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Uber Makes it Possible for Deaf Community to Use Services and Earn Income

When you think of sounds, what comes to mind?  Perhaps the sound of birds chirping or rain against a window.  Maybe it is the sound of waves crashing against rocks, or the sound of the seagulls passing over the beach. Or leaves crunching beneath your feet, a crackling open fire or thunder.  


Many of us retreat to places for the sole purpose of listening to our favorite sounds, whether it is to relax or be entertained by our favorite band.  Think for a moment of sounds you hear every day that you do not think about.  


Now think for a moment what your life would be like without sound.   What if you could not hear your baby cry or a fire alarm?  It is hard to imagine what our lives would be like if we could not hear.  It is sometimes easy to forget that people who are deaf or partially deaf did not have wide access to technologies until recently.  Nationwide telephone relay services began in the 1990’s.  Similarly, built-in closed captions for television caption decoder systems were not required until the late 1990’s.


Over the last 40 years, assistive listening technologies, real-time captioning services, internet captioning applications, movie caption display systems, and a wide range of relay services that provide access to the telephone network, digital televisions with digital captions, and video remote interpreting services have been introduced, tumbling communication barriers and allowing people with hearing disabilities to have full participation in nearly all aspects of American life.

In 2015, Uber introduced an app developed specifically for the deaf and hard-of-hearing drivers.  With an estimated 70% of the deaf and partially-deaf community unemployed or underemployed, Uber hopes to empower people with new economic opportunities. According to Charity Jackson, Uber Public Affairs spokesperson, the “design process started from extensive conversations with our deaf and hard-of-hearing partners, which helped identify frustrating interactions with the app in the driving experience. In coordination with the National Association for the Deaf, we designed new features to make it easier for these drivers to earn money using Uber.”  These updates incorporate suggestions and feedback from our partners as well as the National Association of the Deaf, the nation’s leading non-profit advocating for economic empowerment for deaf and hard-of-hearing people.  These services are available for Uber driver-partners in the U.S. and globally.  


Among the new features in place are options such as the ability to receive flash alerts, in lieu of a sound, when a new ride request comes in, as well as the option to communicate with riders exclusively via text messages. Any driver interested in these features can simply sign into their account and turn these features on.  “By providing features that specifically assist members of the deaf and hard-of-hearing community, we are continuing to focus on making Uber a product that is accessible for everyone,” Jackson said.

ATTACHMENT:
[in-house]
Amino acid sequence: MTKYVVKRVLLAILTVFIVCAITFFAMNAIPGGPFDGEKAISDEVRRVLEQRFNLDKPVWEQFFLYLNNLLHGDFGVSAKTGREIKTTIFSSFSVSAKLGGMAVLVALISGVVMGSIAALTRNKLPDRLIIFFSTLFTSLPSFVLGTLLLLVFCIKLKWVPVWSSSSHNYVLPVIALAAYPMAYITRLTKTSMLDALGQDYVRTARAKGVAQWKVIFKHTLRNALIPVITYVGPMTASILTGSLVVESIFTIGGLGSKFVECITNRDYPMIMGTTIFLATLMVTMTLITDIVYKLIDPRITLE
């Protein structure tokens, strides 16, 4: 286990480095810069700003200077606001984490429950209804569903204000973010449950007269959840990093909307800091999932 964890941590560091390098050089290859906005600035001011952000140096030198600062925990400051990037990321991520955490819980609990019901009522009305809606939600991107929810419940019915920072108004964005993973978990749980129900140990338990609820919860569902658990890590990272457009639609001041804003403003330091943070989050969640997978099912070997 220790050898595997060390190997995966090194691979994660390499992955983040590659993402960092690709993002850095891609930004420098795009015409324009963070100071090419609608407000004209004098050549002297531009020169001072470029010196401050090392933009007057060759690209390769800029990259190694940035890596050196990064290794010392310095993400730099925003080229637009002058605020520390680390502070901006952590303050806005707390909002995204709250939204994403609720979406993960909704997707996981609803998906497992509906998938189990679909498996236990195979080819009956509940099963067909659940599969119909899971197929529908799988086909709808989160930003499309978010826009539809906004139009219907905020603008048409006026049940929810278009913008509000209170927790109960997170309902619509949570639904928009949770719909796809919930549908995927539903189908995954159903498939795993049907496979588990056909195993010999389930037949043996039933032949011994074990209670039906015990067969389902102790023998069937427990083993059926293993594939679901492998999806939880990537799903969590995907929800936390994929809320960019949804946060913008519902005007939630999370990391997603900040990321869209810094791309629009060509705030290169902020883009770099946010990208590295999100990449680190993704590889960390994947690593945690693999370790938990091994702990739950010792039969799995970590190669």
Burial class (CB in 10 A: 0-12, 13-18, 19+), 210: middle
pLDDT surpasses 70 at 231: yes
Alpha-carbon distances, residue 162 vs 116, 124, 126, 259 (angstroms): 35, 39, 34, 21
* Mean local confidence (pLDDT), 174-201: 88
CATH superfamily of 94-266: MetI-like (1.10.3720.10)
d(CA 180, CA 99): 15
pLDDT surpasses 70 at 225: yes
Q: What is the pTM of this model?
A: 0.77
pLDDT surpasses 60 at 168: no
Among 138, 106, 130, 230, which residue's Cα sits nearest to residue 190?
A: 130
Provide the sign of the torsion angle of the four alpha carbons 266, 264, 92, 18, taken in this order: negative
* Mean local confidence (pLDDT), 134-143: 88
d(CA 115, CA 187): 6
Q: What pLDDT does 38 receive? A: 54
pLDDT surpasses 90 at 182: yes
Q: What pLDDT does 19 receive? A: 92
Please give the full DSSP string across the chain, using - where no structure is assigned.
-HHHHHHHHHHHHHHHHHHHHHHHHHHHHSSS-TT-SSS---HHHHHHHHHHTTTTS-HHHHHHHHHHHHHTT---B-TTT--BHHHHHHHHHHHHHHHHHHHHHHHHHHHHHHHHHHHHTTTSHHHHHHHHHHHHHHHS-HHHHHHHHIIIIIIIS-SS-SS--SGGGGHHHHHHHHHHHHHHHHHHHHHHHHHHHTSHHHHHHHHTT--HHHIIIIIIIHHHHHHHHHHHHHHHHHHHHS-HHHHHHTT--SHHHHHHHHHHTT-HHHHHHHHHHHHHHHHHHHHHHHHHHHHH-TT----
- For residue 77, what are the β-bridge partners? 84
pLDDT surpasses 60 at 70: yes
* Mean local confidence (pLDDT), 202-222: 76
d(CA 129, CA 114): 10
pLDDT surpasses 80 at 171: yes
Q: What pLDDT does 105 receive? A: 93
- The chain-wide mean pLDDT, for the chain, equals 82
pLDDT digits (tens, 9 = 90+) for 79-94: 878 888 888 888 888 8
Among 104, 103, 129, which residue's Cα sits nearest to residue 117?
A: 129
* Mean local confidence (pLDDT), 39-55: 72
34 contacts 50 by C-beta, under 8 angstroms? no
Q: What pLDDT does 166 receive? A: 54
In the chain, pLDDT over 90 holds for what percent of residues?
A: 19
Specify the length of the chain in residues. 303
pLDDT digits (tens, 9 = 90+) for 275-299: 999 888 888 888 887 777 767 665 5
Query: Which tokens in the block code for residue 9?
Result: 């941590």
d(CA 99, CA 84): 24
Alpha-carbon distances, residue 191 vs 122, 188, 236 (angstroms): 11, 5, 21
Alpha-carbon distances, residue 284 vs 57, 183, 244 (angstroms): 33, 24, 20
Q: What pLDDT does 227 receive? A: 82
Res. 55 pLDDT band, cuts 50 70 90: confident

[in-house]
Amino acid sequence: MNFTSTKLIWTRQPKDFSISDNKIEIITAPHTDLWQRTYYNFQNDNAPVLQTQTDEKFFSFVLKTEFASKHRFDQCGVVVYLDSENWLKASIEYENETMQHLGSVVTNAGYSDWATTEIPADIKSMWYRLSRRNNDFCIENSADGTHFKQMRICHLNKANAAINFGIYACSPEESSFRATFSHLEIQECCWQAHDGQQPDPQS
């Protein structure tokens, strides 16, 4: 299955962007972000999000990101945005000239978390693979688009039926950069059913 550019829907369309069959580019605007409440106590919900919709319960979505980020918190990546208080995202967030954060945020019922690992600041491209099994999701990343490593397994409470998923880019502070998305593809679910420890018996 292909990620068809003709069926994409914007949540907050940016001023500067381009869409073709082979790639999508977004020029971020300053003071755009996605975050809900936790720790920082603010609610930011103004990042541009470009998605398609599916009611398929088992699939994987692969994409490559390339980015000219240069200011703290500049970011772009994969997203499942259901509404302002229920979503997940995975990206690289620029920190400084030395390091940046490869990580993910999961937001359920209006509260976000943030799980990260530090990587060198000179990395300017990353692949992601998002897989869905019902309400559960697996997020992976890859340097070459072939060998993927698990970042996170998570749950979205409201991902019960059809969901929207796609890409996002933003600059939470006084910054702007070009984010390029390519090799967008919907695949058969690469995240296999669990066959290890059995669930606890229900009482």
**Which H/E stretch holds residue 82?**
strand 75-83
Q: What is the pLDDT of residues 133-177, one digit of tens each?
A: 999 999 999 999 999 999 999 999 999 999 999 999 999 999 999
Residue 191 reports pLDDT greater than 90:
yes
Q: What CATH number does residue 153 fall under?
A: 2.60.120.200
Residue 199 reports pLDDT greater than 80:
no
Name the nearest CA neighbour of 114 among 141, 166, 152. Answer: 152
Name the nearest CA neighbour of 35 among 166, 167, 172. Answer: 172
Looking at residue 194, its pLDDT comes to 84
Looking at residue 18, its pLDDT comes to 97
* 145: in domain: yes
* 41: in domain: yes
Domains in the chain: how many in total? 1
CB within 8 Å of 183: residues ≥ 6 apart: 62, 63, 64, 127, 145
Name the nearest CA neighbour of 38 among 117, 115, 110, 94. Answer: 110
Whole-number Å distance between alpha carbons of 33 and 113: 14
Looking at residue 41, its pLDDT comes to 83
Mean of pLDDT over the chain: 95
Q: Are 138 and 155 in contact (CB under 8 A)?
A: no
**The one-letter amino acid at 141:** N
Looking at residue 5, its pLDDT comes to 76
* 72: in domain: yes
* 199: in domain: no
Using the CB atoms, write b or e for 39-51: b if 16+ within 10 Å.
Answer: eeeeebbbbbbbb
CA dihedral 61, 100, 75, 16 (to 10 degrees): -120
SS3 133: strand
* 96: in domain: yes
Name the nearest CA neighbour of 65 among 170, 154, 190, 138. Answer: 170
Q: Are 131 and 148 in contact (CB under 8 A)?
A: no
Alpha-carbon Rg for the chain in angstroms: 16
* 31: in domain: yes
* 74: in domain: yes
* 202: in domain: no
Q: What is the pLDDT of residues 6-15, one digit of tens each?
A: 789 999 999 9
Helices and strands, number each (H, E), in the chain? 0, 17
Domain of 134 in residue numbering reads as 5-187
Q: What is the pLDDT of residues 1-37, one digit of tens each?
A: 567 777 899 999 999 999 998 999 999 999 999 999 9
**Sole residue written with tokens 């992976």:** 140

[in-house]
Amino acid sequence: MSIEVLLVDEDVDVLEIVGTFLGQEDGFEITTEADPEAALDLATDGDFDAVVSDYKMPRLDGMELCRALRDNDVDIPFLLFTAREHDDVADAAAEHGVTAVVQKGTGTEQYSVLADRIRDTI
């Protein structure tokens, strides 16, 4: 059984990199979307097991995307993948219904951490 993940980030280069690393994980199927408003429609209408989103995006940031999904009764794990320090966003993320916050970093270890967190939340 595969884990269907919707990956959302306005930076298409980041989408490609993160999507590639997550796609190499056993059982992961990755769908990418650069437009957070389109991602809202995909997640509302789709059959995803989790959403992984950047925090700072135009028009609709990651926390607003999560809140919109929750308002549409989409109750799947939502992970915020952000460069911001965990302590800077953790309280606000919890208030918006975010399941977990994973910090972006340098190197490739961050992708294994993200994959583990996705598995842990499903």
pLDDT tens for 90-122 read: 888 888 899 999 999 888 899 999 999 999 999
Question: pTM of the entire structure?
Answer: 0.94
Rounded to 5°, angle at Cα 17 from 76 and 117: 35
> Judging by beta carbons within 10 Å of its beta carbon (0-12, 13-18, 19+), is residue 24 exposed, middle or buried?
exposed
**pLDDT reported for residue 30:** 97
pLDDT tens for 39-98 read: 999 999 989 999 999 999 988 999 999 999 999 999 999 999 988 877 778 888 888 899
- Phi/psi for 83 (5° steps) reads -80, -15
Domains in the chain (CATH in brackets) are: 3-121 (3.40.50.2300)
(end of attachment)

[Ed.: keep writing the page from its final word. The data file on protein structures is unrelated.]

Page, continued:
The 2010 Missouri Census states that roughly 10% of the population is deaf or partially-deaf, with approximately 100,000 residents residing in St. Louis County.  “We have received positive feedback from both riders and drivers about our in-app accessibility features. We are always glad to hear that the features made booking a ride or earning a flexible income a reality for a member of the local community.  Driver-partners who are deaf and hard-of-hearing across the U.S. have collectively earned more than $10 million — all by helping people get around their communities,” Jackson explained.


In conjunction with The Greater St. Louis Association of the Deaf (GSLAD), MT & Associates, LLC, Uber held a presentation for the public to answer questions on the features now available to the deaf and hard-of-hearing community.  According to Shelly Tisius, Owner/Interpreter at MT & Associates, LLC, “Not having barriers to employment means that the Deaf community has equal access to jobs.  This is not only morally/ethically right but also elevates the use of public funds to support fully capable workers who simply cannot hear.  An Uber driver who attended the event spoke of how, for once in his life, he felt equal to others.  Equal access is not only a financial benefit to public funds but it has an invaluable impact on the self-esteem, autonomy, and civil rights of Deaf Americans.” 


In September 2016, Uber was recognized by the Ruderman Family Foundation as one of 18 companies leading the way in supporting people with disabilities, including the deaf and hard-of-hearing community.

To spread the word on Uber’s accessibility options, Jackson explained they “rely on a combination of in-app messages, emails to driver-partners as well as in-person support at our Greenlight Hub locations across the country to let driver-partners know about the various resources available to them.  Uber is committed to continuing to build solutions that support everyone’s ability to easily move around their communities. We are constantly innovating our technology to increase mobility choices in all cities where we operate.”  


For more information on GSLAD– Greater St. Louis Association of the Deaf visit:

For more information on Sign Language Interpreting Services visit:

For more information on Uber services visit:

Photos courtesy of MT&A by That Girl Pearl Photography –


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